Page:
Private Boater's

Private boaters making most of weather windows

BY BOB VANIAN/976BITE.comPublished: Mar 20, 2018

Unsettled weather in the form of a late-winter series of storm systems once again kept a lot of boats at the dock. There were some better between the weather systems, and these windows allowed anglers to go out and enjoy good fishing for a variety of species that included yellowtail, rockfish, calico bass, sand bass, sculpin and halibut.

The last offshore report I received came from the Legend out of H&M Landing that fished an overnight trip back on March 10, and it had five anglers catch 25 yellowtail and 2 bluefin tuna while fishing the region of the 295 Bank.

Boats fishing the High Spot area off Punta Colonet have been doing well on reds and rockfish. There has also been a chance at finding some bonus lingcod, yellowtail or bonito biting. The one trip I know of that fished the Punta Colonet High Spot area during the week was the Old Glory out of H&M Landing that fished a 1.5-day trip on Saturday and had 20 anglers catch 100 reds and 100 rockcod. Meter marks and sonar marks have been the best way to locate yellowtail and once located, they have been biting best on yo-yo iron.

The fishing around the Coronado Islands has been good for an assortment of reds and rockfish and there has also been a chance at finding some yellowtail action. The yellowtail action has been getting harder to find during the past couple of weeks but they are out there.

The unsettled conditions kept some boats that might have been out fishing at the Coronados at the dock during the week but the Liberty out of Fisherman’s Landing did fish the Coronados on Saturday and had 18 anglers on a full day trip catch 90 rockfish, 70 reds and 1 yellow.

The best bet for finding forkies has been looking for meter marks, sonar marks or spots of breaking fish around the Rockpile. Once located, yo-yo iron has worked the best, but some have also been biting on surface iron, flylined sardines and sardines that are fished on a dropper loop.

The best bottom-fishing areas around the Coronado Islands have been in the region of the Rockpile and at hard-bottom areas to the north and northwest of North Island. A good depth range off North Island has been 40 to 50 fathoms. Another one of the more productive rockfish zones has been at the lower end of the 9 Mile Bank on the Mexico side of the border.

Boats fishing along the San Diego County coast have also had to deal with the weather but have been able to take advantage of some of the breaks via morning or afternoon half-day trips. It has been mostly calico bass, sand bass, rockfish and sculpin that have been biting to go with a bonus halibut or yellowtail.

Some of the better areas for rockfish in the San Diego region have been the Imperial Beach Pipeline, the International Reef, hard bottom spots outside of the Whistler Buoy at Point Loma and outside of the Green Tank at Point Loma, the 270 out to the west of Mission Bay, La Jolla, Del Mar, Leucadia and Box Canyon.

The better areas for the bass and sculpin have been the Imperial Beach Pipeline, hard-bottom areas to the north of the Whistler Buoy at Point Loma, to the northwest of Buoy #3 at Point Loma, outside of the Green Tank at Point Loma and outside of La Jolla. Also producing well have been hard bottom spots outside of Leucadia and Box Canyon along with the structure of the Anderson Pipeline, Buccaneer Pipeline and the artificial reefs outside of Oceanside Harbor.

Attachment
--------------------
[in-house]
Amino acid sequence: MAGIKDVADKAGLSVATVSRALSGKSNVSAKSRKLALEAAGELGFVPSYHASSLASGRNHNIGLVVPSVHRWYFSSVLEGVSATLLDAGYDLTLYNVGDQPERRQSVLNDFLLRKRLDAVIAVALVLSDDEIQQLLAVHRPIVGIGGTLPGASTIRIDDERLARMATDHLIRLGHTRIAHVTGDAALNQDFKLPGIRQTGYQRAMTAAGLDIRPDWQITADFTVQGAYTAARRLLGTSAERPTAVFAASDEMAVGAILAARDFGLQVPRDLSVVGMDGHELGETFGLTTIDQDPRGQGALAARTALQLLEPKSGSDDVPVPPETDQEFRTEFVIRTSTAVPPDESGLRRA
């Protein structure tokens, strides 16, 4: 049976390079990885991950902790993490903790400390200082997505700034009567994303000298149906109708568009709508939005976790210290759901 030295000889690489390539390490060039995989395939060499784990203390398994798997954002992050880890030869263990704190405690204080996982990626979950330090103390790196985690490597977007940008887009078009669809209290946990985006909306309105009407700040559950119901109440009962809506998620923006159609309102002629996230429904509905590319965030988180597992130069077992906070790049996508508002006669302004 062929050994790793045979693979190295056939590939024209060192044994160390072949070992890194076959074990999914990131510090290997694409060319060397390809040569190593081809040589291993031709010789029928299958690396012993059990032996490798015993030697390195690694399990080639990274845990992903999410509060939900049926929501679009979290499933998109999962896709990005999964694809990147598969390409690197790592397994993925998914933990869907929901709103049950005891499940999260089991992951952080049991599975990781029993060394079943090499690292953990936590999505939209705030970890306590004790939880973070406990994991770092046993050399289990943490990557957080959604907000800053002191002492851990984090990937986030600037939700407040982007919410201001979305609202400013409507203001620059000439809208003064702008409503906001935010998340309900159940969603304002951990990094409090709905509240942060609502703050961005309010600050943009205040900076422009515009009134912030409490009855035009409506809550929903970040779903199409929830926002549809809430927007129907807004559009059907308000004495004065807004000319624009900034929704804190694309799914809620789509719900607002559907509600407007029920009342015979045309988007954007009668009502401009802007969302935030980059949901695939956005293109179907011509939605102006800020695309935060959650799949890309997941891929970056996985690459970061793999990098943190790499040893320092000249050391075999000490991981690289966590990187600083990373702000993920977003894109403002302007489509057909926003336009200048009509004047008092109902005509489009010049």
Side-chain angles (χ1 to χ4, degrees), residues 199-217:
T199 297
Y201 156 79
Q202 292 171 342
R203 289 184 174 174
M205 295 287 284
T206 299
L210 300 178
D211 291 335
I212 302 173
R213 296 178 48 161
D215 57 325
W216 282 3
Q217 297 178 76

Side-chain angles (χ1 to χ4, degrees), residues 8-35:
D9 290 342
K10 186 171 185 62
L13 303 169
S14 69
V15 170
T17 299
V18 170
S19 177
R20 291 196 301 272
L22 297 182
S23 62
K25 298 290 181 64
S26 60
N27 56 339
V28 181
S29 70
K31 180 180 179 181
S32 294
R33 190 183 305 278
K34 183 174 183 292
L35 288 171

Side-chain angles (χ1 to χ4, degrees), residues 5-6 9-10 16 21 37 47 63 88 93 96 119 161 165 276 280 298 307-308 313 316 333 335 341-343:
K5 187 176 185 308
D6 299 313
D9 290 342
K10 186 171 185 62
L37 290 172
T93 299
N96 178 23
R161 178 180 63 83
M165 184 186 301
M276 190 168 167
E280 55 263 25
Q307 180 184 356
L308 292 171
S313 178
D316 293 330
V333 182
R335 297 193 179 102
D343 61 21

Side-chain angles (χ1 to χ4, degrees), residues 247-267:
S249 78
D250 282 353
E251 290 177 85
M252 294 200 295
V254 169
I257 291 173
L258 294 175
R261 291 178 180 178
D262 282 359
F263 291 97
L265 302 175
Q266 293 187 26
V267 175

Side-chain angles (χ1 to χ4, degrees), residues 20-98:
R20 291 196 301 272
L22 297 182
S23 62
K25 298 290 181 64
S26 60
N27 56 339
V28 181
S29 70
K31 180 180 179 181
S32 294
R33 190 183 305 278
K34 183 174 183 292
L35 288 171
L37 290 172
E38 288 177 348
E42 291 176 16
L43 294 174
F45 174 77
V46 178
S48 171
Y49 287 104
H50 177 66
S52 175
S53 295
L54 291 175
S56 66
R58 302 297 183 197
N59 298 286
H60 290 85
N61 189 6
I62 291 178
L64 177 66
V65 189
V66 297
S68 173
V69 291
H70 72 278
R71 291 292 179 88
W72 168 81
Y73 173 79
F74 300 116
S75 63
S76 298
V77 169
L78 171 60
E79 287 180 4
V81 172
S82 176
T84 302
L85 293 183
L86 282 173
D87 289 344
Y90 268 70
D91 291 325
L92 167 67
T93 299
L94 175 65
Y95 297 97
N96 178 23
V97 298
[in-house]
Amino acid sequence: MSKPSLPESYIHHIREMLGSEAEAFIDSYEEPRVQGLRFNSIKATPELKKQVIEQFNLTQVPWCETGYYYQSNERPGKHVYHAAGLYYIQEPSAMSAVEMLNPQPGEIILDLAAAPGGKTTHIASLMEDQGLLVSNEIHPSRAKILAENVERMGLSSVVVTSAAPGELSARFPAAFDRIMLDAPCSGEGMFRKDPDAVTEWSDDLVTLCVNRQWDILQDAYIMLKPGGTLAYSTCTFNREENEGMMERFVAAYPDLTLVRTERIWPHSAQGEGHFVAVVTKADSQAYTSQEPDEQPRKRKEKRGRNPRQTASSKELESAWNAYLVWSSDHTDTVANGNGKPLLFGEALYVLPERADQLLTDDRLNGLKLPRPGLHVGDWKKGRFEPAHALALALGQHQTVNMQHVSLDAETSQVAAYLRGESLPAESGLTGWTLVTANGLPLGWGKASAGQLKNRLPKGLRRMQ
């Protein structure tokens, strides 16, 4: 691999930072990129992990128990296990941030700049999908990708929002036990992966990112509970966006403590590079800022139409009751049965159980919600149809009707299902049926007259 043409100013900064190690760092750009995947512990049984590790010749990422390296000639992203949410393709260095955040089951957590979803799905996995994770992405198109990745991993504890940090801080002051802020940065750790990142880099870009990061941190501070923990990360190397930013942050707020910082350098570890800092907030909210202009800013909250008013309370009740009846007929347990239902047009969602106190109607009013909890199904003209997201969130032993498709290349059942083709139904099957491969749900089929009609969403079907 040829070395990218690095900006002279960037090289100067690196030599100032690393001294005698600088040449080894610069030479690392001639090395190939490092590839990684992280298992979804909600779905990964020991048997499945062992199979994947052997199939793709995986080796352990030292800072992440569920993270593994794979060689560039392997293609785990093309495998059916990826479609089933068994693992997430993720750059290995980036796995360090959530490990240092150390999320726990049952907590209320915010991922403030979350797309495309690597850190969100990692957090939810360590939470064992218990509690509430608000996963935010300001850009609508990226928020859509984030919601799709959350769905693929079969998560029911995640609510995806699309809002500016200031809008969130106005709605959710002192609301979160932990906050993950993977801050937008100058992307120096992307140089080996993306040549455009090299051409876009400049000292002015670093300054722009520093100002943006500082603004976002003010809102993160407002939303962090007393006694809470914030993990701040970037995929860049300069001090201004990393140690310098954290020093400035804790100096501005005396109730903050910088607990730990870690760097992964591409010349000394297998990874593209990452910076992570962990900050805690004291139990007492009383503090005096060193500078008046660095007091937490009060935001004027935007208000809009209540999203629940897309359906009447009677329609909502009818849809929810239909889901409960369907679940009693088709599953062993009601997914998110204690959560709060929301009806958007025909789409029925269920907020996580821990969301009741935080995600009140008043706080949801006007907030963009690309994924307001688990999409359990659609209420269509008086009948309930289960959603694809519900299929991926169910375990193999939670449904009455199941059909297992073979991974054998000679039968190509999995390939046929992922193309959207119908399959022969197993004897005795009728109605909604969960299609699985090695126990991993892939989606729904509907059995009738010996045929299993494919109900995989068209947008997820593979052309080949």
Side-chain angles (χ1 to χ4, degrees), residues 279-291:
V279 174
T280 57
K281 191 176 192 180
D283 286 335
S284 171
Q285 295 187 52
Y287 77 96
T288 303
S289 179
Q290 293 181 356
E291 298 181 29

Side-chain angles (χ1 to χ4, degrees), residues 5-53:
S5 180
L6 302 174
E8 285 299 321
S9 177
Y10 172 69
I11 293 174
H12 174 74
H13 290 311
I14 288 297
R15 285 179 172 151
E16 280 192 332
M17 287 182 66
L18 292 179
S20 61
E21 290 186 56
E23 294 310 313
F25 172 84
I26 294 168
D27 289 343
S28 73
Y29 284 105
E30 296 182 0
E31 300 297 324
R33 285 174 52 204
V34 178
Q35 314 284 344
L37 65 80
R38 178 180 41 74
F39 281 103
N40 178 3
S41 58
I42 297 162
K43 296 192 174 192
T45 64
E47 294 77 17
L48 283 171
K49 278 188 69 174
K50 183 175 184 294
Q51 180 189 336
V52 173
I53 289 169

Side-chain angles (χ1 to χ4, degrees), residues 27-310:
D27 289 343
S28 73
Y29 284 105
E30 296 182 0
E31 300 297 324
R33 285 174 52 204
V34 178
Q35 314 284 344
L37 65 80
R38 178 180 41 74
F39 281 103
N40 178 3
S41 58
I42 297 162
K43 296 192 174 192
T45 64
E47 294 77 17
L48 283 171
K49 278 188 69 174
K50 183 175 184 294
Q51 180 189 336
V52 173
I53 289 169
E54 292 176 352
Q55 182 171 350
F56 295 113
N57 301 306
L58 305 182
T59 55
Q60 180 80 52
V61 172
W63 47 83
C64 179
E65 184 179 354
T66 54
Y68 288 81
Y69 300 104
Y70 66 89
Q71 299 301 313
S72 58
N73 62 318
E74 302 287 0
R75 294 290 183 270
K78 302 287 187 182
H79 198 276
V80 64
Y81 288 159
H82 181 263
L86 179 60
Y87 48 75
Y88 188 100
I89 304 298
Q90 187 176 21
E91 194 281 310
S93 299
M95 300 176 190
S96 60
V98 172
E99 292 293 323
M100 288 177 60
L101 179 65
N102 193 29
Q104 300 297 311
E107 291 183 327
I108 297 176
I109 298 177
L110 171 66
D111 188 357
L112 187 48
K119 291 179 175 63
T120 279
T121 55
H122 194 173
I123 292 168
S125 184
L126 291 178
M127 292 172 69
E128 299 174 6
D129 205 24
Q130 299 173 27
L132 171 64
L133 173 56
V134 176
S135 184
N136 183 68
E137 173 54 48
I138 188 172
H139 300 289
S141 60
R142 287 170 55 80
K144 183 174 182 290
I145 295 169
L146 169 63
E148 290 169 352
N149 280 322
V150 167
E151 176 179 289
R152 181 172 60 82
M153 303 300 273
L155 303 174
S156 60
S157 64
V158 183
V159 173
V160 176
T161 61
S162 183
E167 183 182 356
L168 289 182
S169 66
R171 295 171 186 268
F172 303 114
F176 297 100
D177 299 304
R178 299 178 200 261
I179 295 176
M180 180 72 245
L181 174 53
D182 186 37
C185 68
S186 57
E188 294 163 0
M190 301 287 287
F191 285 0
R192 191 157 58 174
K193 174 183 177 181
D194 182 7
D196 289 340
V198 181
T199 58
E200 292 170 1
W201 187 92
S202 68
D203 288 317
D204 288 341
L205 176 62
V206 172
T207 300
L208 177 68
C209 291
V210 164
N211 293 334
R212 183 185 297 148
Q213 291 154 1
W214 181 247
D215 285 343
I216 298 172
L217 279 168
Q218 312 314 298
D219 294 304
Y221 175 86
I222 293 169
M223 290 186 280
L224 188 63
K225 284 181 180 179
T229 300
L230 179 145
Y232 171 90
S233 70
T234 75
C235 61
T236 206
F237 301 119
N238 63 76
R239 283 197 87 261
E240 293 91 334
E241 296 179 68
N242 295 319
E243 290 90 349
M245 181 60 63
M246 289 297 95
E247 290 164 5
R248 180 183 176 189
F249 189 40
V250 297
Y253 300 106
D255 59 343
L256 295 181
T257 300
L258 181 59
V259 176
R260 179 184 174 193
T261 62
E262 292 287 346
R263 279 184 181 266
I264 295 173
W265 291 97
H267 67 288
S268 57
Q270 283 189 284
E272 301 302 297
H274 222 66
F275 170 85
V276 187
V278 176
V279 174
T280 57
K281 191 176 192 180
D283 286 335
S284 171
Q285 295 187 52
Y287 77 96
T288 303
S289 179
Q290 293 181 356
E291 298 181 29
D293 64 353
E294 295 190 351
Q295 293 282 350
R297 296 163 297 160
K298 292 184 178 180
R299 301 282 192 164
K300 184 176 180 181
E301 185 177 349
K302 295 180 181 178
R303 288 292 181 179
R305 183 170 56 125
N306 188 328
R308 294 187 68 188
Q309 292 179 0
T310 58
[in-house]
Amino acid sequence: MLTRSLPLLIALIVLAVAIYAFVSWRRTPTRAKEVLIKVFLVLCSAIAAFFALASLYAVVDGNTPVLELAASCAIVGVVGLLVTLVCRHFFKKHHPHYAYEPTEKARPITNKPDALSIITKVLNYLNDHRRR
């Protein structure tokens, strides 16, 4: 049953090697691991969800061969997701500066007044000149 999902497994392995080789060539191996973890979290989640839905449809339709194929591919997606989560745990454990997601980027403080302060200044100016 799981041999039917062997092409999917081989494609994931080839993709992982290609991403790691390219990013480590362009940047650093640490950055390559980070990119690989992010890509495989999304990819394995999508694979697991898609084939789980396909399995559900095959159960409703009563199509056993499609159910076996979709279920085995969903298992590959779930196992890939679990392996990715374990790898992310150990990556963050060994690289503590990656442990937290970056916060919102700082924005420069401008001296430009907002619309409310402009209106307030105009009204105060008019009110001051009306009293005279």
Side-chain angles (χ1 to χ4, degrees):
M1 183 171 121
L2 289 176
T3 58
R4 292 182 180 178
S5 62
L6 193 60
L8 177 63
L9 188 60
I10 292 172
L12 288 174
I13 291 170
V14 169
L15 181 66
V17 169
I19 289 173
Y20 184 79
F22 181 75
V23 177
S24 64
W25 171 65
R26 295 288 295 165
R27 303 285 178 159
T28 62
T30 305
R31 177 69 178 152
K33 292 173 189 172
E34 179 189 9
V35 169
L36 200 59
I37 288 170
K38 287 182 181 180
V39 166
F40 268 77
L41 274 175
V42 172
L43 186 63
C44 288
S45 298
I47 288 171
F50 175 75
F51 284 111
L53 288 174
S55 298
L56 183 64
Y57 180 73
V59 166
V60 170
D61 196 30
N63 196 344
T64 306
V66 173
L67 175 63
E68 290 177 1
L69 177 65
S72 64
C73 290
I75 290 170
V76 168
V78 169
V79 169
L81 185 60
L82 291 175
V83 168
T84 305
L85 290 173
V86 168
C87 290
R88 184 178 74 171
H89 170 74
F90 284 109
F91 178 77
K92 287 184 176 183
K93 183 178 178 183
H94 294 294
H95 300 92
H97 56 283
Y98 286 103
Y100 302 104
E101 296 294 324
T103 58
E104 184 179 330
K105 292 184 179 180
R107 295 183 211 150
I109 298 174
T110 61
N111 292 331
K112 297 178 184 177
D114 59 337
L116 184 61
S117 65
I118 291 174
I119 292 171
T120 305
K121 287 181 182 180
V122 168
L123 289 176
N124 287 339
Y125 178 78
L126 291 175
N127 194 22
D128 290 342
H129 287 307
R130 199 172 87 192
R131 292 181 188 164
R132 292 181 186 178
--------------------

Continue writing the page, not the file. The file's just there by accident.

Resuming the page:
Best areas for a chance at a halibut in the Imperial Beach and Point Loma region has been at the sandy-bottom patches outside of the Imperial Beach Pier and at the Point Loma Buoyline area. At the Buoyline, take a look in the area ranging from inside of the Point Loma Lighthouse on in to where you are fishing around the bait receivers inside of Ballast Point. Going further north also try the sandy bottom adjacent to the Yukon Shipwreck outside of Mission Beach, adjacent to the structure of the sunken NEL tower outside of Mission Beach, the sandy bottom off Ponto Beach and adjacent to the artificial reefs outside of Oceanside Harbor, and the sandy bottom off the Golf Ball area above Oceanside Harbor. Further above Oceanside, also productive have been those types of areas off San Onofre and outside of the San Clemente Pier.

There are sporadic showings of 20- to 30-pound yellowtail in the La Jolla region, but even when you are fortunate enough to locate some them, it has difficult to get them to bite. These yellows have been showing out in the 20- to 35-fathom depths outside of Pacific Beach and La Jolla. Look for meter marks, sonar marks and spots of breaking fish under working birds.

When seen under the birds, the spots of yellows usually have been fast moving fish that are hard to get to before they sound. The best bet in that situation has been fishing the meter marks and sonar marks with yo-yo iron. There has also been occasional yellowtail action found on surface iron and on sardines that are fished deep with dropper loop rigs. The best time to try surface iron is when you can get the jig to breaking fish before they sound.

spottiesuccessSPOTTIE SUCCESS — Eric Hallimore shows off some fat and healthy spotted bay bass that were caught and released during the past weekend’s SBS tournament in San Diego Bay.

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